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This refactors MountingManager into a minimal API that shims into a more fully-featured SurfaceMountingManager. The SurfaceMountingManager keeps track of surface start/stop, surface ID, and surface Context.

This solves a number of issues around (1) race conditions around StopSurface/StartSurface, (2) memory management of Views, (3)

Concrete improvements:

1. Simpler to reason about race conditions around StopSurface/StartSurface.
2. 1:1 relationship between SurfaceId and all Views/tags.
3. When surface is stopped, all descendent Views can be GC'd immediately.
4. Fixed separation of concerns and leaky abstractions: surfaceId/rootTag and Surface Context are now stored and manipulated *only* in SurfaceMountingManager.
5. Simpler StopSurface flow: we simply remove references to all Views, and the Fragment (outside of the scope of this code) removes the RootView. This will trigger GC and we do ~0 work. Previously, we ran a REMOVE and DELETE instruction and kept track of each View in a HashMap. Now we can simply delete the map and move on.

The caveat: NativeAnimated (or other native modules that go through UIManager). APIs like `updateProps` currently uses only the ReactTag and does not store SurfaceId. This is a good argument for moving away from ReactTag, at least in its current incarnation, but: for now this requires that you do a lookup of a ReactTag across N surfaces (worst-case) to determine which Surface a ReactTag is in.

So, to summarize, the "con" of this approach is that now `getSurfaceManagerForViewEnforced` could be slower. It is used in:
* NativeAnimatedModule calls `updateProps` through UIManager
* FabricEventEmitter calls `receiveEvent` on FabricUIManager directly
* On audit, I could find zero native callsites to `sendAccessibilityEvent` through UIManager

Changelog: [Internal]

Reviewed By: mdvacca

Differential Revision: D26000781

fbshipit-source-id: 386ae40c4333f8c584e05818c404868dbee6ce73


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React Native

Learn once, write anywhere:
Build mobile apps with React.

React Native is released under the MIT license. Current CircleCI build status. Current npm package version. PRs welcome! Follow @reactnative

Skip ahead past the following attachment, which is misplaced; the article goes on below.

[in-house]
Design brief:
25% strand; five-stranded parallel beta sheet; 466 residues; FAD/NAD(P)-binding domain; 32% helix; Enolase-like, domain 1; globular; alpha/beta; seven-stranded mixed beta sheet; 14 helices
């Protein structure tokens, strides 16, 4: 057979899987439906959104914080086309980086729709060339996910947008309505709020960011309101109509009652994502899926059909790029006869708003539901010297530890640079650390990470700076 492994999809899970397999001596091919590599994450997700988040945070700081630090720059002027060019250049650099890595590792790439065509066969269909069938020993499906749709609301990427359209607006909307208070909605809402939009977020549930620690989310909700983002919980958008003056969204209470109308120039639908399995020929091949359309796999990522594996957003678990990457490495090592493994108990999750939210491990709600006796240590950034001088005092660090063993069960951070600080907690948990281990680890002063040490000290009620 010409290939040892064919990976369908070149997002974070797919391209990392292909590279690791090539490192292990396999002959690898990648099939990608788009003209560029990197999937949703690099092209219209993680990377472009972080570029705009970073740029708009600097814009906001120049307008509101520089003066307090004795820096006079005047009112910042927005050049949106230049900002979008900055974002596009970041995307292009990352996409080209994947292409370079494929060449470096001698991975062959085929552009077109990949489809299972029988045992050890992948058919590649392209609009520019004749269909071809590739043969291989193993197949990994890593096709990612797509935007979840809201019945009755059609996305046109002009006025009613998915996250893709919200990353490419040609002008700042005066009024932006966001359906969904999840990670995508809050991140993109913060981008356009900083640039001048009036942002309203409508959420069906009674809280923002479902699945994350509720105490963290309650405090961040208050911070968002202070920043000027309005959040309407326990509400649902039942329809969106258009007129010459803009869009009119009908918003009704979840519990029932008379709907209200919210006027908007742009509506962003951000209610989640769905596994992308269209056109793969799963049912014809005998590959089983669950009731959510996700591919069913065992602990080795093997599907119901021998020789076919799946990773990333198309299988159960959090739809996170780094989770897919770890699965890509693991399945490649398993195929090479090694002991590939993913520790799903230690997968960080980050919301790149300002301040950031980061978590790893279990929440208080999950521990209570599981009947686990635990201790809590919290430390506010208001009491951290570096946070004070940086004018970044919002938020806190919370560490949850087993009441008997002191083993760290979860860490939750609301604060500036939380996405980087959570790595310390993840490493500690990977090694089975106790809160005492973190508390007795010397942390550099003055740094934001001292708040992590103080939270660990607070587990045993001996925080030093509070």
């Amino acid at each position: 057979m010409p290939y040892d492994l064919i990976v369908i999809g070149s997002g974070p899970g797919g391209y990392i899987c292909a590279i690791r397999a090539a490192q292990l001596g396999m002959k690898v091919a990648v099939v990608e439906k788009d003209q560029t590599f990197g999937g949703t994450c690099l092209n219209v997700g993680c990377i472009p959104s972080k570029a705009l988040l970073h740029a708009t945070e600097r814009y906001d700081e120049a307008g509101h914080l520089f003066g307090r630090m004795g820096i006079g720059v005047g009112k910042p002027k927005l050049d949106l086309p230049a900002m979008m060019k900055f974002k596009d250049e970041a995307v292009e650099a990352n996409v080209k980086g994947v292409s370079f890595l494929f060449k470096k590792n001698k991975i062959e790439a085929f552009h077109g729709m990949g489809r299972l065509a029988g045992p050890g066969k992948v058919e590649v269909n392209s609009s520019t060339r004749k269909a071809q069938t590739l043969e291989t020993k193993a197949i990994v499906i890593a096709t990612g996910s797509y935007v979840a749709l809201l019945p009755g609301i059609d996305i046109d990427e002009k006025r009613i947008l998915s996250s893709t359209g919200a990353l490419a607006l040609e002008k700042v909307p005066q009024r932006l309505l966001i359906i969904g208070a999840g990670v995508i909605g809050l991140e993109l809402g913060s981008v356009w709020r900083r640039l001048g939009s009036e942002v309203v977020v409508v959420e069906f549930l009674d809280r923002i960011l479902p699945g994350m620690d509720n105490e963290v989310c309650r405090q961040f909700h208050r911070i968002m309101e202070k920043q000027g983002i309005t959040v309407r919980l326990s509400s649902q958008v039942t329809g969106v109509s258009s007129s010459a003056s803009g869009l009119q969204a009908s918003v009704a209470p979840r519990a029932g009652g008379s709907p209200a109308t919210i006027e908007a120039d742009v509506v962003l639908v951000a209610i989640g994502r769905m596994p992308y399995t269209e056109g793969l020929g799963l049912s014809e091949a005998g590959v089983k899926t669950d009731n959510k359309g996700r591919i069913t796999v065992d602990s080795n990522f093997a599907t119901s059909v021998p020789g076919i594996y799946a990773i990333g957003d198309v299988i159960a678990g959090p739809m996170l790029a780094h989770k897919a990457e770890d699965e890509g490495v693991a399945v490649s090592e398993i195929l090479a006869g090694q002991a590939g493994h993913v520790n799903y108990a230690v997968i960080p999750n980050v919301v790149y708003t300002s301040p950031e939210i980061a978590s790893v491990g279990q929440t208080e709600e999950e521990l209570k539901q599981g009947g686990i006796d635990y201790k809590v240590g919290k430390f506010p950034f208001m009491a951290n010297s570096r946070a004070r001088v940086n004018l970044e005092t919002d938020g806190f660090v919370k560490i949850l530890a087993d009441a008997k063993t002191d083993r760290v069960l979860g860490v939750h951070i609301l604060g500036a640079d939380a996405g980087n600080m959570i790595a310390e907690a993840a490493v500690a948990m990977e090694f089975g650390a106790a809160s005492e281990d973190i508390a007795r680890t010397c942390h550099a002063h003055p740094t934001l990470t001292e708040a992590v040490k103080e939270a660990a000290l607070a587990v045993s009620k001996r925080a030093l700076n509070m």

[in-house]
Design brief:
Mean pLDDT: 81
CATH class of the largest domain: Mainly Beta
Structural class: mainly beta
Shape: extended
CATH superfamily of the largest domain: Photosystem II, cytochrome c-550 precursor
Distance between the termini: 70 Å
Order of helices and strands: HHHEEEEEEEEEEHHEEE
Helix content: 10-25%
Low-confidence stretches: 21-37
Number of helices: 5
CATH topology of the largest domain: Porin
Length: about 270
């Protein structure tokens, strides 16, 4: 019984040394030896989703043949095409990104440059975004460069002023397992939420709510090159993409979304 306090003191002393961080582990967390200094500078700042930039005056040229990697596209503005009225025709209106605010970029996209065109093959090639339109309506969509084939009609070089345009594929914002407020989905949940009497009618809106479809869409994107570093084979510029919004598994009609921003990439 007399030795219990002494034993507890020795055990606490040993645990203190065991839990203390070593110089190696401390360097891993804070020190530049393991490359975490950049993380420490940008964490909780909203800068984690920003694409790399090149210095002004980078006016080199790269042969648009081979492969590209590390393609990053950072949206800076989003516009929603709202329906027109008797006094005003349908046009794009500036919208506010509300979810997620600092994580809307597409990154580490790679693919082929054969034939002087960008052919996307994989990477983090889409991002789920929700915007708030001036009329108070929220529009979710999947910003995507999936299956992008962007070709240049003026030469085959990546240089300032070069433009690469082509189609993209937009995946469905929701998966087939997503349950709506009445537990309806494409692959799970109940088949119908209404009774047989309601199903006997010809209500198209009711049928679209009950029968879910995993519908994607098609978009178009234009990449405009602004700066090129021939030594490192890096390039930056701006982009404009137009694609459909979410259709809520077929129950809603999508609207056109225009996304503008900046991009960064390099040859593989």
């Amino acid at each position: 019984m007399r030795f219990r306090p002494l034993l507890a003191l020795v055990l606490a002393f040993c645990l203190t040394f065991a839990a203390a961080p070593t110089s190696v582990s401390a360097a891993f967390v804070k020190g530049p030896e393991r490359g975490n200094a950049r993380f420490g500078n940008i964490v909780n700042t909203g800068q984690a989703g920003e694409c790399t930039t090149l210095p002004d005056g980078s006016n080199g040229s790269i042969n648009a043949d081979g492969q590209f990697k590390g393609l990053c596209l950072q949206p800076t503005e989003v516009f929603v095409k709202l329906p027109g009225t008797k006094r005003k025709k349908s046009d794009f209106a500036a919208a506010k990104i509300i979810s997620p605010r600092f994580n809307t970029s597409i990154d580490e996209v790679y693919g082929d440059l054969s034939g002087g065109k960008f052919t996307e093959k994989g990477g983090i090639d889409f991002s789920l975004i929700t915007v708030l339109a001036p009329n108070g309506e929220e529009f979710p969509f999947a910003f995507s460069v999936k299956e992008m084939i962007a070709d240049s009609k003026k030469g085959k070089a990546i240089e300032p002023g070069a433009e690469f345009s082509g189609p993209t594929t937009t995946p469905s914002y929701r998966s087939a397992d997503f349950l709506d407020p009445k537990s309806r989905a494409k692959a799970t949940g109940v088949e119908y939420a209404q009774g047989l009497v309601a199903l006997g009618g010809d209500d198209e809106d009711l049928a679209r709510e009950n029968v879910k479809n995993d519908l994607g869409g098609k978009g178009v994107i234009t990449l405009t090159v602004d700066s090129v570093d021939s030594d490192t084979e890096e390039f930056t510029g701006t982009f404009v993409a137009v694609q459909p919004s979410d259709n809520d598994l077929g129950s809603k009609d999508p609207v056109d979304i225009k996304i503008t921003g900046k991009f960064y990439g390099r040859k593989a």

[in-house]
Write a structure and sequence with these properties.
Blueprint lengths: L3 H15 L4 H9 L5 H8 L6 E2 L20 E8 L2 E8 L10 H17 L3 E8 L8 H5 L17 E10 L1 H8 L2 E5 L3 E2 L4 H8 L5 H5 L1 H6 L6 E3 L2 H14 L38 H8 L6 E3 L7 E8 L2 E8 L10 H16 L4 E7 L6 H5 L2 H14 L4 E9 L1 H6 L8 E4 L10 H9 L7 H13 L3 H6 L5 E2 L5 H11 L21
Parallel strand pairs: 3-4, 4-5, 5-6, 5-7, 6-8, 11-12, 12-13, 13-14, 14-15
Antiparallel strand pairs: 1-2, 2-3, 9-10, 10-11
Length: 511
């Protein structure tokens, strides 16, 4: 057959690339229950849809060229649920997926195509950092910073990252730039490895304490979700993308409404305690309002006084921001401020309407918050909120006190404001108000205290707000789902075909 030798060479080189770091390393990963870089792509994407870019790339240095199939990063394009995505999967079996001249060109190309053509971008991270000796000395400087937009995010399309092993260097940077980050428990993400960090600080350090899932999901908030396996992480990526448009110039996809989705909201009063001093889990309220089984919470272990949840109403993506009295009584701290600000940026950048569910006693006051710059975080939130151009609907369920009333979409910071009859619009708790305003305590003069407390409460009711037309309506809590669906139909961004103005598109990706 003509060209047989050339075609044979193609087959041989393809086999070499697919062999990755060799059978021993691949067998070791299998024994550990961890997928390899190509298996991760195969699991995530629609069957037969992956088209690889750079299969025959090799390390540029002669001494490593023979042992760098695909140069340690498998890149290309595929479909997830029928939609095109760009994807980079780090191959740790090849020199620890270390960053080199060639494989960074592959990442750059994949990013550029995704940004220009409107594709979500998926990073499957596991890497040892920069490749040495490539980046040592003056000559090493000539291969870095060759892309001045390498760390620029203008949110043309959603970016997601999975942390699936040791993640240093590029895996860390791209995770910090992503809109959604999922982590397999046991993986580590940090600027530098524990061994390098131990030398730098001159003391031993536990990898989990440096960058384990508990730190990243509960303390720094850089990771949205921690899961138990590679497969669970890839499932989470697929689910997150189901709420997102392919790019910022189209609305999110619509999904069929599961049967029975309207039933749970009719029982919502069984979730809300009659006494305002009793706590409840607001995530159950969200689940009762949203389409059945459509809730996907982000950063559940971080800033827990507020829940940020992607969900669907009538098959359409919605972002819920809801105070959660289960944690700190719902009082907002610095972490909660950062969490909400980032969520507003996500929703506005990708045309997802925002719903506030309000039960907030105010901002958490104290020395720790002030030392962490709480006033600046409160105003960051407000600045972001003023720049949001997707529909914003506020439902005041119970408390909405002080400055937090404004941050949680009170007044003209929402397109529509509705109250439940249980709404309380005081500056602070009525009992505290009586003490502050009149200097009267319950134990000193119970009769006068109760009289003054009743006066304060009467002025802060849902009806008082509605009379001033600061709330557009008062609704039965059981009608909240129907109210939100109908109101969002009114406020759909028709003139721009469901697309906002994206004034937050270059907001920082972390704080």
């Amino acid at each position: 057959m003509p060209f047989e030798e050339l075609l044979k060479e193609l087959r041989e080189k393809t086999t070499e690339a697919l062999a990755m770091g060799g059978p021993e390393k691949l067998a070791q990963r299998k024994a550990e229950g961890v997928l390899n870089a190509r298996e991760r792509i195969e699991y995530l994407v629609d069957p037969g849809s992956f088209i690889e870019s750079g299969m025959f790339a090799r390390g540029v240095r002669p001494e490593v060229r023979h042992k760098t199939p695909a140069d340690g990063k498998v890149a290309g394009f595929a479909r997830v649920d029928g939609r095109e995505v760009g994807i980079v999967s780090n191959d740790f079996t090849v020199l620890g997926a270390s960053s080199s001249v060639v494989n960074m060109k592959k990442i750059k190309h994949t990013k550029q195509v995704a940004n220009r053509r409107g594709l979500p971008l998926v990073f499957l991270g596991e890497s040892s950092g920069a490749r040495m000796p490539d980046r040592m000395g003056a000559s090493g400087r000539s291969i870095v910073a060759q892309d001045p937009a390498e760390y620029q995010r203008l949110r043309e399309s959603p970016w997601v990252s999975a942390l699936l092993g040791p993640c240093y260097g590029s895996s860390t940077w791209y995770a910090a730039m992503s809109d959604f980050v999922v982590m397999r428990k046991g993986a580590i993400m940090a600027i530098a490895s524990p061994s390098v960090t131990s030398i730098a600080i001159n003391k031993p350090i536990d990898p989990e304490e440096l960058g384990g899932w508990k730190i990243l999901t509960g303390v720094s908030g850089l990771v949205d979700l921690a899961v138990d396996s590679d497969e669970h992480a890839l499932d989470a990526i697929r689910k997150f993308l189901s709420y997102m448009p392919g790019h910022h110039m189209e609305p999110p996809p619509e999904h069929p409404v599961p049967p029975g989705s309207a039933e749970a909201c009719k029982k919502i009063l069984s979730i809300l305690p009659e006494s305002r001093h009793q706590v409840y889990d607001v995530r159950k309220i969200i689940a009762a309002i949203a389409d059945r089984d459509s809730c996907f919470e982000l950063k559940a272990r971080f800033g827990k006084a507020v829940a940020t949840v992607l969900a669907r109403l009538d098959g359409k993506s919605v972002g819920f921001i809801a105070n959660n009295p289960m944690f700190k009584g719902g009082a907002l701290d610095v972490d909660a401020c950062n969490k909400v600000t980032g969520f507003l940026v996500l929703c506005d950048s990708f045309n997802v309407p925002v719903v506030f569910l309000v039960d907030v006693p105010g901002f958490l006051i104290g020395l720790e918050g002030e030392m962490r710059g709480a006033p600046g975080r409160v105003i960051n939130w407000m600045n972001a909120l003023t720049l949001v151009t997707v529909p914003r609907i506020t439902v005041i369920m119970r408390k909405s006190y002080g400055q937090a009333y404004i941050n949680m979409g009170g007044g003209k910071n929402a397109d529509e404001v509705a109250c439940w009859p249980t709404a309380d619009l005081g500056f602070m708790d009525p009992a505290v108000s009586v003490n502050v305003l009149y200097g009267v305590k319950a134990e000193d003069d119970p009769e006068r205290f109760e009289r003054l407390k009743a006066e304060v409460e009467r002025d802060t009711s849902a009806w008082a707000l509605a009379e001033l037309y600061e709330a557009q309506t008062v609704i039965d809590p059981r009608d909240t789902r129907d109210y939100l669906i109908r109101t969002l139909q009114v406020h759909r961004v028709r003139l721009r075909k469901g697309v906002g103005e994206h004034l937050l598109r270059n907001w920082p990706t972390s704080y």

Getting Started · Learn the Basics · Showcase · Contribute · Community · Support

React Native brings React's declarative UI framework to iOS and Android. With React Native, you use native UI controls and have full access to the native platform.

  • Declarative. React makes it painless to create interactive UIs. Declarative views make your code more predictable and easier to debug.
  • Component-Based. Build encapsulated components that manage their state, then compose them to make complex UIs.
  • Developer Velocity. See local changes in seconds. Changes to JavaScript code can be live reloaded without rebuilding the native app.
  • Portability. Reuse code across iOS, Android, and other platforms.

React Native is developed and supported by many companies and individual core contributors. Find out more in our ecosystem overview.


📋 Requirements

React Native apps may target iOS 11.0 and Android 5.0 (API 21) or newer. You may use Windows, macOS, or Linux as your development operating system, though building and running iOS apps is limited to macOS. Tools like Expo can be used to work around this.

🎉 Building your first React Native app

Follow the Getting Started guide. The recommended way to install React Native depends on your project. Here you can find short guides for the most common scenarios:

📖 Documentation

The full documentation for React Native can be found on our website.

The React Native documentation discusses components, APIs, and topics that are specific to React Native. For further documentation on the React API that is shared between React Native and React DOM, refer to the React documentation.

The source for the React Native documentation and website is hosted on a separate repo, @facebook/react-native-website.

🚀 Upgrading

Upgrading to new versions of React Native may give you access to more APIs, views, developer tools, and other goodies. See the Upgrading Guide for instructions.

React Native releases are discussed in the React Native Community, @react-native-community/react-native-releases.

👏 How to Contribute

The main purpose of this repository is to continue evolving React Native core. We want to make contributing to this project as easy and transparent as possible, and we are grateful to the community for contributing bug fixes and improvements. Read below to learn how you can take part in improving React Native.

Code of Conduct

Facebook has adopted a Code of Conduct that we expect project participants to adhere to. Please read the full text so that you can understand what actions will and will not be tolerated.

Contributing Guide

Read our Contributing Guide to learn about our development process, how to propose bugfixes and improvements, and how to build and test your changes to React Native.

Open Source Roadmap

You can learn more about our vision for React Native in the Roadmap.

Good First Issues

We have a list of good first issues that contain bugs which have a relatively limited scope. This is a great place to get started, gain experience, and get familiar with our contribution process.


Larger discussions and proposals are discussed in @react-native-community/discussions-and-proposals.

📄 License

React Native is MIT licensed, as found in the LICENSE file.

React Native documentation is Creative Commons licensed, as found in the LICENSE-docs file.